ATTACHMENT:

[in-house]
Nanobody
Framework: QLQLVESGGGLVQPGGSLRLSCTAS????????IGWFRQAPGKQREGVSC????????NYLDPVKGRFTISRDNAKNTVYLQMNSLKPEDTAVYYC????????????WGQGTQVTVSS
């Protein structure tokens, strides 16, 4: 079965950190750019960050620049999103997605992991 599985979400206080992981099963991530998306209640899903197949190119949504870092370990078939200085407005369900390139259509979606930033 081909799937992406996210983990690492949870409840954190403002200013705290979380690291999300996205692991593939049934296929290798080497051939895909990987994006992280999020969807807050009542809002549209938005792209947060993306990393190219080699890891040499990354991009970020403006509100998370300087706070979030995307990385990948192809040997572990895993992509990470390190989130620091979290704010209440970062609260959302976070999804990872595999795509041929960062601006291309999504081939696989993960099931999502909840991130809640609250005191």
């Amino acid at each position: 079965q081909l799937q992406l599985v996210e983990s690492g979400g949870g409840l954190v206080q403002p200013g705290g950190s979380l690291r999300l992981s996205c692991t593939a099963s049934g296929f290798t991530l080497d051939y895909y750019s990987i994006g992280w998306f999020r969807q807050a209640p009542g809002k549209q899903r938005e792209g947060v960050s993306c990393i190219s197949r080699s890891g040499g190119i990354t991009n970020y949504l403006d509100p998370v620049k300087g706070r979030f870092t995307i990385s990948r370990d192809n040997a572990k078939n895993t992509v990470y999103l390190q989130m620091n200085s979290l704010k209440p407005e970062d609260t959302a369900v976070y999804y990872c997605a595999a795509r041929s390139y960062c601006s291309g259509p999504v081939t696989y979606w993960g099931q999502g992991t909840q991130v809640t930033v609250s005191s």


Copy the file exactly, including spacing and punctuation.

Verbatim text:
[in-house]
Nanobody
Framework: QLQLVESGGGLVQPGGSLRLSCTAS????????IGWFRQAPGKQREGVSC????????NYLDPVKGRFTISRDNAKNTVYLQMNSLKPEDTAVYYC????????????WGQGTQVTVSS
């Protein structure tokens, strides 16, 4: 079965950190750019960050620049999103997605992991 599985979400206080992981099963991530998306209640899903197949190119949504870092370990078939200085407005369900390139259509979606930033 081909799937992406996210983990690492949870409840954190403002200013705290979380690291999300996205692991593939049934296929290798080497051939895909990987994006992280999020969807807050009542809002549209938005792209947060993306990393190219080699890891040499990354991009970020403006509100998370300087706070979030995307990385990948192809040997572990895993992509990470390190989130620091979290704010209440970062609260959302976070999804990872595999795509041929960062601006291309999504081939696989993960099931999502909840991130809640609250005191």
């Amino acid at each position: 079965q081909l799937q992406l599985v996210e983990s690492g979400g949870g409840l954190v206080q403002p200013g705290g950190s979380l690291r999300l992981s996205c692991t593939a099963s049934g296929f290798t991530l080497d051939y895909y750019s990987i994006g992280w998306f999020r969807q807050a209640p009542g809002k549209q899903r938005e792209g947060v960050s993306c990393i190219s197949r080699s890891g040499g190119i990354t991009n970020y949504l403006d509100p998370v620049k300087g706070r979030f870092t995307i990385s990948r370990d192809n040997a572990k078939n895993t992509v990470y999103l390190q989130m620091n200085s979290l704010k209440p407005e970062d609260t959302a369900v976070y999804y990872c997605a595999a795509r041929s390139y960062c601006s291309g259509p999504v081939t696989y979606w993960g099931q999502g992991t909840q991130v809640t930033v609250s005191s």